Granulated activated carbon is used in thick layers, usually between 1.5-2.5 meters where the filtering takes place through the carbon. Inside the carbon, the alcohol runs through the macro pores in the granules. The layer is constructed by filling a pipe with
activated carbon. For easily purified liquids, like water, a layer of 5-10 cm should be enough. Alcohol normally needs 1.5 meters. It does not matter if the layer (the length of pipe used) is higher, but if it is too thin, then purification will not take place. The pipe must be at least 38 mm in diameter otherwise a “wall effect” will be created and the alcohol runs past the carbon along the wall, without being purified.For the filtering to really take place in the carbon, the pipe must be free from air. This means that the purification must take place in one continuous flow. The pipe must not be allowed to run dry. The carbon must also be saturated so that the alcohol immediately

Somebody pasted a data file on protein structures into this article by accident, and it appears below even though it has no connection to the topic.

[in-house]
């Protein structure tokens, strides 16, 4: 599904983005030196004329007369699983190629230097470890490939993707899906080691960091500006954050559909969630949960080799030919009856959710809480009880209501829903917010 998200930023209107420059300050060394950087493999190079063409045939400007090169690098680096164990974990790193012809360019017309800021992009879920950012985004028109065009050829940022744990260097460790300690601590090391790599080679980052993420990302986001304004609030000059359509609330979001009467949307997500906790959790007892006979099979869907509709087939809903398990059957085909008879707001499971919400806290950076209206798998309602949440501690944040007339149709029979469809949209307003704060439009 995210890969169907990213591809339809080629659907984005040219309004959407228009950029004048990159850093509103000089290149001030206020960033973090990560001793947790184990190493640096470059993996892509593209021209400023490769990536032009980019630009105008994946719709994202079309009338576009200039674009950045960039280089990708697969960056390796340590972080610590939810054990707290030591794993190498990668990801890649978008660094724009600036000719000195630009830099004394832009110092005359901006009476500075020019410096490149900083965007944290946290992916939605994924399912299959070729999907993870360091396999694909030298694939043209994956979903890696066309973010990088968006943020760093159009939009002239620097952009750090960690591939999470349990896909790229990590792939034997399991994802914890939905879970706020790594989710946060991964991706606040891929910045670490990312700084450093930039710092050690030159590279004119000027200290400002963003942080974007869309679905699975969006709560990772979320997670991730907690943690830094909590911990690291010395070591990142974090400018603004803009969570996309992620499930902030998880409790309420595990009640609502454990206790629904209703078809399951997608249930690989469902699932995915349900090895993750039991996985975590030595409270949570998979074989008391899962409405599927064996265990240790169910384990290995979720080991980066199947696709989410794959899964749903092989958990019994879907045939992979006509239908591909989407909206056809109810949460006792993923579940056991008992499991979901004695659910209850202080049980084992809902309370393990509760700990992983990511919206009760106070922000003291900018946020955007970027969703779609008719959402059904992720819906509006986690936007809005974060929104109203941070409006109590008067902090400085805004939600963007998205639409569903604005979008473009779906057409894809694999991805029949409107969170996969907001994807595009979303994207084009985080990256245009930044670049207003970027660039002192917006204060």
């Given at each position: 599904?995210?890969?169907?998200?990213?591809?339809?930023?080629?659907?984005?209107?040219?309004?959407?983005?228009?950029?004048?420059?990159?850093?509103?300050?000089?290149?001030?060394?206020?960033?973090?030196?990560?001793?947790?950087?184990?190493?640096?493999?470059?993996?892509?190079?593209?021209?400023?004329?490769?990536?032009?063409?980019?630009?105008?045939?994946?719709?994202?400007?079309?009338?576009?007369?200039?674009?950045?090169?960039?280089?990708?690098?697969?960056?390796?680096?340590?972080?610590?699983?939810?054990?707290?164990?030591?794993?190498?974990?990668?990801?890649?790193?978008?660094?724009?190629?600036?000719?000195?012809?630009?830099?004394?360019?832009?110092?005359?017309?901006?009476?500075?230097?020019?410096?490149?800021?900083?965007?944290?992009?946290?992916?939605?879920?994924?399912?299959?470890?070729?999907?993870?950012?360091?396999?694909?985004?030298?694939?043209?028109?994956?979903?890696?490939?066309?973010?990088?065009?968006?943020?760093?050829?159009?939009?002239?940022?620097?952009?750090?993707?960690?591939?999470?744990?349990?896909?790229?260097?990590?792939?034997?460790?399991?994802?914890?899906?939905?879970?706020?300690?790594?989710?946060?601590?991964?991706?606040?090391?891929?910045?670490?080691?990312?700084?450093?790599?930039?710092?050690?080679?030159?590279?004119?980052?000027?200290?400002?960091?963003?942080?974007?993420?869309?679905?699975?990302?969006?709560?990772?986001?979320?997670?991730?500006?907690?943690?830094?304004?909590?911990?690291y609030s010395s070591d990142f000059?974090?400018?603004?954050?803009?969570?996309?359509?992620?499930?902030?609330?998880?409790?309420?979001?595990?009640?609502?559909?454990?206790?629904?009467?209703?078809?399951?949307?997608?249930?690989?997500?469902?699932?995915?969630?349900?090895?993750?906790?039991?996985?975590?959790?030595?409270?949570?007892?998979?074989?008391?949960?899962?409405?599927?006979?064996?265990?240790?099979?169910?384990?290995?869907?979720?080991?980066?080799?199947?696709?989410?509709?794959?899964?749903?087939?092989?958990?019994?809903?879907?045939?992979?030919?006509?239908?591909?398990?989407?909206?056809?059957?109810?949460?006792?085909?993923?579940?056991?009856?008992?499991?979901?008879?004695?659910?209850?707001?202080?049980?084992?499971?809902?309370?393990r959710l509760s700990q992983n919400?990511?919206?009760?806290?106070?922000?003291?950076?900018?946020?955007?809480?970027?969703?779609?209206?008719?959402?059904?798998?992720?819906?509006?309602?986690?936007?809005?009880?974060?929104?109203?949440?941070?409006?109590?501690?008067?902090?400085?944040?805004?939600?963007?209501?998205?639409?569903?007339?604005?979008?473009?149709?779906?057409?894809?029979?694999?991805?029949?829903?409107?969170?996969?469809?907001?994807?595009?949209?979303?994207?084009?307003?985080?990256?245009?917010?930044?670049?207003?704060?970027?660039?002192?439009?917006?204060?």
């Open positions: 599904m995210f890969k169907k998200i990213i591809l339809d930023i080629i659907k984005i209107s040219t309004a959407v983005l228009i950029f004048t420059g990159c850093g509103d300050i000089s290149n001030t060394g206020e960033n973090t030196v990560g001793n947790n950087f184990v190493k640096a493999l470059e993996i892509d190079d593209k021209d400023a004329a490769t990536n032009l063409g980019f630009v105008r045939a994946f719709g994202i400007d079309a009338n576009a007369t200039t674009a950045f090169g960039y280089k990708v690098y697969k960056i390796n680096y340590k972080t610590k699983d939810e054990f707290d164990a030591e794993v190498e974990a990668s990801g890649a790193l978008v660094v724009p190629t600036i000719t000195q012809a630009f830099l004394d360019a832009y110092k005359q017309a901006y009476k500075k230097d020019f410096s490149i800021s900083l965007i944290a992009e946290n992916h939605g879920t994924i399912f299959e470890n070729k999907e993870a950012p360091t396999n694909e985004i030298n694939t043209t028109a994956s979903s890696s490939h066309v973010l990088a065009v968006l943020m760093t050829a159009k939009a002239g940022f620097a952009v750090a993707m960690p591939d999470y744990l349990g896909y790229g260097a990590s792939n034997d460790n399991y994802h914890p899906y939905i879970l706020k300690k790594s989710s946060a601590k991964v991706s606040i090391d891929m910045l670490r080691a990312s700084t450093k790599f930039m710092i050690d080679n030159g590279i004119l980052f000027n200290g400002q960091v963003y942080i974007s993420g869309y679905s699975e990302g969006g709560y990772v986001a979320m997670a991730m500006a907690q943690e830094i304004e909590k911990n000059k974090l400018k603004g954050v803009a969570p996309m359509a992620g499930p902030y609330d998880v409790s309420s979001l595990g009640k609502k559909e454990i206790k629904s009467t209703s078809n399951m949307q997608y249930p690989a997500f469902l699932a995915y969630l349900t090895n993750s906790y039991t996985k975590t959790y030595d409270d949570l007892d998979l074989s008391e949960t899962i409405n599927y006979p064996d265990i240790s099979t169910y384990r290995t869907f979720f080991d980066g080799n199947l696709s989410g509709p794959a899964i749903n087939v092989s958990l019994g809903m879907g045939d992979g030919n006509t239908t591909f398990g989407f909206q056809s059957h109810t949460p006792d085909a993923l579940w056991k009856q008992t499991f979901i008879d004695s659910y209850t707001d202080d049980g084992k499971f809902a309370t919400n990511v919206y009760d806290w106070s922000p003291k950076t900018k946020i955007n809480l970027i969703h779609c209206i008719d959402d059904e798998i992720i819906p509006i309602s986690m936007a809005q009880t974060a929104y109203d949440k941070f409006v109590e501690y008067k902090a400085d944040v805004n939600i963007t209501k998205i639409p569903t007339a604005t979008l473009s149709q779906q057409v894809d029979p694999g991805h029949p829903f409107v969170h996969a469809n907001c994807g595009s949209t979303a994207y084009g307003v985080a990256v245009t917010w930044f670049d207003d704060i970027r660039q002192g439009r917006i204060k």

runs through the carbon. Neither should any channels be allowed to form in the carbon filled in the pipe. This will happen if you pour dry carbon into the pipe and then in the alcohol. Channels are formed in the carbon, through which the alcohol can escape unpurified, as in the film of air between the carbon granules. The carbon bed must be correctly started.When water or alcohol is filtered through carbon, the first thing to happen is that the soluble substances left in the pores from manufacturing are dissolved. These are the substances that have not become gas and evaporated, and have not been rinsed out
after manufacturing. It would be too expensive to completely rid the carbon of the substances. All industrial filters are started up despite this, and the carbon is rinsed through before use. Everyone who works with activated carbon knows that these
substances are present in the carbon.